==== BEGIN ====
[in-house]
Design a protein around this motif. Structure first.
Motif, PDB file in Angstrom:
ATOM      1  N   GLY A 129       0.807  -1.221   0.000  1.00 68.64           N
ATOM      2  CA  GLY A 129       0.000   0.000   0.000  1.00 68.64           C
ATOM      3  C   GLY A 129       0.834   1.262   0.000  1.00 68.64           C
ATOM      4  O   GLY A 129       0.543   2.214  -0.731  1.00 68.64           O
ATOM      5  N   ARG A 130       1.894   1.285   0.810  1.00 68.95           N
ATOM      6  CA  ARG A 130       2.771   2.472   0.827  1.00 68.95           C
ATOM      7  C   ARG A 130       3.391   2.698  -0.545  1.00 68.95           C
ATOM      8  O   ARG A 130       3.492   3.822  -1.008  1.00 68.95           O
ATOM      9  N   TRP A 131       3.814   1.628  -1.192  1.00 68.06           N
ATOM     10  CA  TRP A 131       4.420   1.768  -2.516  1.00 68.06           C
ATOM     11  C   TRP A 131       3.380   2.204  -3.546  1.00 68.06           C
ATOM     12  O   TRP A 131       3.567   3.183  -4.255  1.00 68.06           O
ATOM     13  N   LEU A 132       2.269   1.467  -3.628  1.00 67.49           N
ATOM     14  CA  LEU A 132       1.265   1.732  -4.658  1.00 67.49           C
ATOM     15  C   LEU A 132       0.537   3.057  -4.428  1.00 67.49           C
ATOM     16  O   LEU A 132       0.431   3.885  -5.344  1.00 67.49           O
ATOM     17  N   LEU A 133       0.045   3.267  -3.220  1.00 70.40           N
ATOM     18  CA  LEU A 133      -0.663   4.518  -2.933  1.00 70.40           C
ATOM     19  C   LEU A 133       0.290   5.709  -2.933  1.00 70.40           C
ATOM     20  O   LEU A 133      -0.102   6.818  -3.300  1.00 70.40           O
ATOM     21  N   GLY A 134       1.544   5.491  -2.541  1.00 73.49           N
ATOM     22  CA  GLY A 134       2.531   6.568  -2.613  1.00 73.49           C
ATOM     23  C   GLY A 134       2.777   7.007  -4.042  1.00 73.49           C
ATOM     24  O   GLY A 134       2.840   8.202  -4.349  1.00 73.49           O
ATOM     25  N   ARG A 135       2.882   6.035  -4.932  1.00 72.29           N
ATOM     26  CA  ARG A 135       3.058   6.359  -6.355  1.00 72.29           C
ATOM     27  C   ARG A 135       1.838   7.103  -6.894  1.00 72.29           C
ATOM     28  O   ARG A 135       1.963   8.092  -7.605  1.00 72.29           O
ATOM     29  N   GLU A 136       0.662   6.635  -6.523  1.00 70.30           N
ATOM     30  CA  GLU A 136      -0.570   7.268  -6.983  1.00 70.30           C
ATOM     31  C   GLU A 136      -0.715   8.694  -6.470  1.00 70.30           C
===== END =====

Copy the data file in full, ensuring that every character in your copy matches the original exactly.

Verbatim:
[in-house]
Design a protein around this motif. Structure first.
Motif, PDB file in Angstrom:
ATOM      1  N   GLY A 129       0.807  -1.221   0.000  1.00 68.64           N
ATOM      2  CA  GLY A 129       0.000   0.000   0.000  1.00 68.64           C
ATOM      3  C   GLY A 129       0.834   1.262   0.000  1.00 68.64           C
ATOM      4  O   GLY A 129       0.543   2.214  -0.731  1.00 68.64           O
ATOM      5  N   ARG A 130       1.894   1.285   0.810  1.00 68.95           N
ATOM      6  CA  ARG A 130       2.771   2.472   0.827  1.00 68.95           C
ATOM      7  C   ARG A 130       3.391   2.698  -0.545  1.00 68.95           C
ATOM      8  O   ARG A 130       3.492   3.822  -1.008  1.00 68.95           O
ATOM      9  N   TRP A 131       3.814   1.628  -1.192  1.00 68.06           N
ATOM     10  CA  TRP A 131       4.420   1.768  -2.516  1.00 68.06           C
ATOM     11  C   TRP A 131       3.380   2.204  -3.546  1.00 68.06           C
ATOM     12  O   TRP A 131       3.567   3.183  -4.255  1.00 68.06           O
ATOM     13  N   LEU A 132       2.269   1.467  -3.628  1.00 67.49           N
ATOM     14  CA  LEU A 132       1.265   1.732  -4.658  1.00 67.49           C
ATOM     15  C   LEU A 132       0.537   3.057  -4.428  1.00 67.49           C
ATOM     16  O   LEU A 132       0.431   3.885  -5.344  1.00 67.49           O
ATOM     17  N   LEU A 133       0.045   3.267  -3.220  1.00 70.40           N
ATOM     18  CA  LEU A 133      -0.663   4.518  -2.933  1.00 70.40           C
ATOM     19  C   LEU A 133       0.290   5.709  -2.933  1.00 70.40           C
ATOM     20  O   LEU A 133      -0.102   6.818  -3.300  1.00 70.40           O
ATOM     21  N   GLY A 134       1.544   5.491  -2.541  1.00 73.49           N
ATOM     22  CA  GLY A 134       2.531   6.568  -2.613  1.00 73.49           C
ATOM     23  C   GLY A 134       2.777   7.007  -4.042  1.00 73.49           C
ATOM     24  O   GLY A 134       2.840   8.202  -4.349  1.00 73.49           O
ATOM     25  N   ARG A 135       2.882   6.035  -4.932  1.00 72.29           N
ATOM     26  CA  ARG A 135       3.058   6.359  -6.355  1.00 72.29           C
ATOM     27  C   ARG A 135       1.838   7.103  -6.894  1.00 72.29           C
ATOM     28  O   ARG A 135       1.963   8.092  -7.605  1.00 72.29           O
ATOM     29  N   GLU A 136       0.662   6.635  -6.523  1.00 70.30           N
ATOM     30  CA  GLU A 136      -0.570   7.268  -6.983  1.00 70.30           C
ATOM     31  C   GLU A 136      -0.715   8.694  -6.470  1.00 70.30           C